I’ve been very lucky in some big ways, and it’s felt overwhelmingly important to acknowledge that. I’ve been married for twenty-two years to someone I love more every day. Cheesy, but true. We managed to have two great kids (who I won’t write a great deal about to respect their privacy). And in this ridiculous, unfair, punishing economy, I have access to general financial stability and excellent health insurance. As a non-working disabled person. I mean, come on, that just seems like so much (knock on wood, kenahora). What is there to be upset about? A little fatigue? A little exhaustion? Waking up in pain every day? Not getting anything done? Never feeling like a good parent, wife, or friend? Being unable to finish your degree or have any kind of professional life? Big deal. There are worse things.
I’ve internalized this train of thought. I actively avoid my own negative feelings related to living with CFS, because it doesn’t even seem fair to have them when I live with such good things, too. Those feelings have been piling up for years. Today, in therapy, I accidentally walked right into them (he would probably say it wasn’t an accident). I don’t even remember the conversation beforehand. It was like wandering through the woods, looking up at the trees, and then tripping over a log and stumbling a few feet forward into a clearing, looking up, and realizing you were surrounded by wolves – except not wolves because I love dogs. Maybe bears. But they don’t really hunt in packs. Okay, pretend bears hunt in packs. And aren’t furry, or cute.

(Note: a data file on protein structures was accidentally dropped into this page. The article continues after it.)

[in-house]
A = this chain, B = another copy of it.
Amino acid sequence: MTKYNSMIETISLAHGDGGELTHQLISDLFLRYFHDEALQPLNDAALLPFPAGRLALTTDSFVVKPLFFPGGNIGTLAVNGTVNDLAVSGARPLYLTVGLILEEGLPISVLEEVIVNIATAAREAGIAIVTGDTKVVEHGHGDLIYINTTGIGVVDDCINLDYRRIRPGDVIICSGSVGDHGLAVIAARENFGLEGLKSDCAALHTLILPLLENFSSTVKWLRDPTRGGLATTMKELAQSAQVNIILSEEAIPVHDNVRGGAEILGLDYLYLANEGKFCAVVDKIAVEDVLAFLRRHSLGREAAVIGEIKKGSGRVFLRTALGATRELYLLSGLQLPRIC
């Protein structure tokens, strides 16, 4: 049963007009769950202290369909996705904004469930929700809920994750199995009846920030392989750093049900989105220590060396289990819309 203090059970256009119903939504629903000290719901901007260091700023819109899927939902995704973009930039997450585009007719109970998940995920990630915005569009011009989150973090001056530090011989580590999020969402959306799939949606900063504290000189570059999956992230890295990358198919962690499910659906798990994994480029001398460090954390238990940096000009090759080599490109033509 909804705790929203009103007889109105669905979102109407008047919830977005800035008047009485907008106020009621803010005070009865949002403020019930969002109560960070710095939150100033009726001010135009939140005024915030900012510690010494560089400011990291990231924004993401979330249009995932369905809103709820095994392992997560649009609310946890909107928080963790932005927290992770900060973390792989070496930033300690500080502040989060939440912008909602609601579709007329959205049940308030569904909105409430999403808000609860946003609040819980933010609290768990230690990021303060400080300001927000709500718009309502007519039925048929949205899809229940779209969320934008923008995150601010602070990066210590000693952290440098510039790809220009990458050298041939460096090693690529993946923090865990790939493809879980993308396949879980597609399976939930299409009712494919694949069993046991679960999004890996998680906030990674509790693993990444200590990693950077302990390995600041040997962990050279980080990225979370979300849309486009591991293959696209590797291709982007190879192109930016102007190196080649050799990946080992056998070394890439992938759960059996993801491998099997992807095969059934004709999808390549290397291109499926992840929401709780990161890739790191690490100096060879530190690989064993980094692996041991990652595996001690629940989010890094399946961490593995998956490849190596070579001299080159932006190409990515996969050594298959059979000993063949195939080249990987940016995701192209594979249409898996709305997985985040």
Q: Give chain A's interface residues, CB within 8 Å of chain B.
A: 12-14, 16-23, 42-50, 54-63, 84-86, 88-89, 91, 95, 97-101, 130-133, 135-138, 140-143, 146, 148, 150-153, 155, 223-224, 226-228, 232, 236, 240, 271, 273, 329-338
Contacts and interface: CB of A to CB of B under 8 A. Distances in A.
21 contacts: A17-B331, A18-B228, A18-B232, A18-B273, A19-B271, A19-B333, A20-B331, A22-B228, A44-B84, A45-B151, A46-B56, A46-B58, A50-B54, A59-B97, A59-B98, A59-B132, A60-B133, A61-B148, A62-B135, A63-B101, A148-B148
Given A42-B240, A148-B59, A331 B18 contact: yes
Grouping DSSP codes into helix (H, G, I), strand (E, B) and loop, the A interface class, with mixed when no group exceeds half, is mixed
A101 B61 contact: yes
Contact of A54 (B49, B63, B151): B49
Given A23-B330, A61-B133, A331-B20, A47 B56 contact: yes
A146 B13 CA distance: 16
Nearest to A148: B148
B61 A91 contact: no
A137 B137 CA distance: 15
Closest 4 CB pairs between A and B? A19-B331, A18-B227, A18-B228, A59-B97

Whatever. The point is: doom was inevitable. It was too late to back away. Here it was, and I was meeting it. “Ohhh no,” I thought. “Well, here we go,” and there I went. Within 45 minutes I’d gone through an entire box of Kleenex. As the first wad was rolled up, my therapist pulled the wire trash basket out from under his desk and set it in front of me, without missing a beat. Good job, man.
You see I am used to saying, “Hips and back are really hurting today,” in a friendly, nonchalant way, to explain why I’m not bending over to get something off the floor, or why I need help lifting something. I’m used to saying, “I’m sorry, I’m just too tired right now,” when I get invited to something. Sometimes I say, “It’s been a hard day.” And sometimes I just need to cry because I’m so tired and in so much pain and I hate being so tired and in so much damn pain, and it’s been days since I did anything useful like washed a dish or ran a load of laundry, and I just point to the ceiling (meaning I’m retiring to our bedroom) and say with a cracking voice, “I think it’s time for a let-it-out session.” Greg nods and follows me up the stairs, and holds me while I cry.
What I’m not used to is saying, “I can’t do ______, and it hurts.”